There are, however, legitimate reasons to discuss both future ITU funding and “International efforts to regulate the Internet.” Currently there are not many international efforts to regulate the Internet. ACTA and the Trans-Pacific Partnership, which unfortunately bind copyright protection to trade, can be classified as such. The UN Office of Drugs and Crime recently revealed that it has an international protocol for tracking people online – that might be worth paying attention to. The nexus between international trade agreements and censorship/content restrictions might be worth discussing.  The continued reform of ICANN with respect to its accountability, or the de-nationalization of the IANA contract are also hot topics in global internet governance.

There are also dozens of national efforts to regulate the internet, ranging from data retention laws to calls for strengthened wiretapping laws that apply to social media to national cybersecurity and critical infrastructure protection proposals. And of course, when the US engages in these forms of regulation, the effects are often extra-territorial. So, there’s that.

Is it unrealistic to expect Congressional hearings to have open, substantive discussions anymore?

Similarly, there are good reasons to review and reconsider our participation in the ITU-T standards process. Far from being a gigantic menace to internet freedom, the ITU-T, which develops standards for telecommunications, is tottering on the edge of irrelevancy. Do we abandon this forum? Would that leave it unguarded to the Chinese and other counter-hegemonic states – who might abuse it to give domestic standards a patina of international legitimacy – or do we keep our foot in that fire? Not a simple choice.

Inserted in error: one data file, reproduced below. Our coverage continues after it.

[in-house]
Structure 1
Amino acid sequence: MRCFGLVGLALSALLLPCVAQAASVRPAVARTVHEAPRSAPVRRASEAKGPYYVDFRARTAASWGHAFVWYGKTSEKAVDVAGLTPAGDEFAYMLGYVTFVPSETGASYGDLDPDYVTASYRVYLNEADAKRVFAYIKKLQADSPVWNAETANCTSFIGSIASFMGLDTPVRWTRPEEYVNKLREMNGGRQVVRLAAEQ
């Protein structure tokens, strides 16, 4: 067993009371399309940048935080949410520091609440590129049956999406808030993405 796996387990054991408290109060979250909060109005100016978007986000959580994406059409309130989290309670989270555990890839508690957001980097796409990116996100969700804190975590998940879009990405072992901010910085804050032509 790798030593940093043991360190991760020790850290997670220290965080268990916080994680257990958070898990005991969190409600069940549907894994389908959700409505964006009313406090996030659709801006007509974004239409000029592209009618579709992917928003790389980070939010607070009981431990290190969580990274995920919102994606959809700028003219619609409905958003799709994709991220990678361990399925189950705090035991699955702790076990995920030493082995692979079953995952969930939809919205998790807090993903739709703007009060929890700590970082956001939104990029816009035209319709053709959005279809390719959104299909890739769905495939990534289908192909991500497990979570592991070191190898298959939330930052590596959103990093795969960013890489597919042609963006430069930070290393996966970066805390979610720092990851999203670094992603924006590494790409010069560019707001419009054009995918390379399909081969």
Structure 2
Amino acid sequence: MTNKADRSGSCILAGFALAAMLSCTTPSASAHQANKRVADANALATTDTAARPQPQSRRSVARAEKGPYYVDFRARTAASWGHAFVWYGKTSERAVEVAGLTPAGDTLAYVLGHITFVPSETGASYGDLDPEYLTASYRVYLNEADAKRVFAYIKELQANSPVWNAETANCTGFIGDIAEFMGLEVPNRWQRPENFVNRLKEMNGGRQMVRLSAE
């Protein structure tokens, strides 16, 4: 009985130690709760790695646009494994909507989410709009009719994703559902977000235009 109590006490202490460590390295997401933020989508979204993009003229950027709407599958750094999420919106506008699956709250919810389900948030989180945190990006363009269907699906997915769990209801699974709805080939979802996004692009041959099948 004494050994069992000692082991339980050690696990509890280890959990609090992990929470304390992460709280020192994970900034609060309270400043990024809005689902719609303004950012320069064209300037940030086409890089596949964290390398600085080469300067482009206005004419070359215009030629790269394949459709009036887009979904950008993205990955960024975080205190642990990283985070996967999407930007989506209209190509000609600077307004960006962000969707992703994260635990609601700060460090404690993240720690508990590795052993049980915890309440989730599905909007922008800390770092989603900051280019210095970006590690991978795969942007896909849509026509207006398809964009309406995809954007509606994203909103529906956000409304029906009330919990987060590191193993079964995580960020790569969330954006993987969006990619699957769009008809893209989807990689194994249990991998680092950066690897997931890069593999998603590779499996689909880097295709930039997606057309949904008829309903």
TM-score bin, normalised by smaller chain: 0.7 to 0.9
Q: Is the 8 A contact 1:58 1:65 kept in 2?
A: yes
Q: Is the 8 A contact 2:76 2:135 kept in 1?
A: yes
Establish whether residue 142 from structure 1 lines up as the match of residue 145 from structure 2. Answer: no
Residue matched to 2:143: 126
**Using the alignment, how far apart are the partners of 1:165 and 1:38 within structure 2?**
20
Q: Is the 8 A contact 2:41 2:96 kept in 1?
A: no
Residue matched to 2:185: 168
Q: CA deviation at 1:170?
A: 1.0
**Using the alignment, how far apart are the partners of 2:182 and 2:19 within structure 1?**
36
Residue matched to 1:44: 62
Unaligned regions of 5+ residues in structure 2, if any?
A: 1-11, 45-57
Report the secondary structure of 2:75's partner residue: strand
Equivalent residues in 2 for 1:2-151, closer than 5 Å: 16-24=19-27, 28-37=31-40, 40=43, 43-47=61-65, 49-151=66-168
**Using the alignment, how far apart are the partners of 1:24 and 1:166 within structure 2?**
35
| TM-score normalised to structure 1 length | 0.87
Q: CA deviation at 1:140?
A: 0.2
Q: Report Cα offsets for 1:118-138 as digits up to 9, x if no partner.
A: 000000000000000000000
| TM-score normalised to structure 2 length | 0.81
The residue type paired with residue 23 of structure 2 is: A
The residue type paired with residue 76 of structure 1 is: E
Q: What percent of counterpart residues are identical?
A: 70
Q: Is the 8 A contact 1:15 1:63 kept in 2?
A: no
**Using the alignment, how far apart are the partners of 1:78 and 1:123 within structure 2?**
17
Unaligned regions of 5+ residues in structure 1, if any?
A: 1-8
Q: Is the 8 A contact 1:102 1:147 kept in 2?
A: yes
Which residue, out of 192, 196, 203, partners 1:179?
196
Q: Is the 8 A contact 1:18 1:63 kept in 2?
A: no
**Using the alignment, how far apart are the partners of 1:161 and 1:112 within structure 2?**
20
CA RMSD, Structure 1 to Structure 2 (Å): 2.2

If Rep. Walden wants to engage with Internet governance issues honestly and constructively, he needs someone from the Internet Governance Project in his hearing. If he wants to be seen beating an effigy of the devil, on the other hand, he needn’t bother to call. As long as the important problems of global Internet governance are reduced to fending off the ITU, we will never make progress.

7 thoughts on “Let’s keep this dead horse alive, so we can beat it some more

  1. Milton Mueller I presume?

    You raise some worthy questions, because for many observers in processes like this, the sooner they can feel free NOT to be present, and to allocate time and resource to other priorities, the better. For most of us actually, there is no sense in which our considerable efforts on WCIT represented a consensual smokescreen or conspiratorial false alarm, as you suggest.

    For all of its insights, your post fails to distinguish the ITU as an institution from its Member States, or to mention that both before and during the WCIT processes there were plenty of proposals for ITRs that *would* govern the Internet. Proposals for taxes on content providers, over and above what they already pay to carriers; for global Internet QoS standards; for Governmental control over Internet routing; or for new cost-settlement systems; but we also know that others could hit the floor for the first time during the event. During the preceding WTSA event for instance, a proposal was made for the ITU to become an IP address registry, and may have held sway if not for Secretary General Hamadoun Toure’s timely intervention. Do these proposals not appear to you as having important Internet Governance impacts?

    As for the dead horse analogy, I suggest that many member states – and critically in fact, a majority of them – would find that to be misinformed or offensive. The ITU has gained huge respect both for its proud history and its ongoing work particularly in developing countries, and it appears natural to many that it should be tasked with any new responsibilities which are related in any way with telecommunications. In the case of Internet-related responsibilities, the existing established structures and alternatives are still not well understood, unfortunately, and strong proposals to reinvent those wheels will be with us for some time to come.

    Finally, I have to note the distinct “I told you so” tone in your claims that nothing was ever going to happen at WCIT, but a certain lack of links to where you may have done so. I’m interested to see those; If they said, “nothing can or will happen” then they would have been incorrect, but hopefully they will come true one day. By which time we will hopefully all be on that same page, and working together on those “important problems of global Internet Governance”.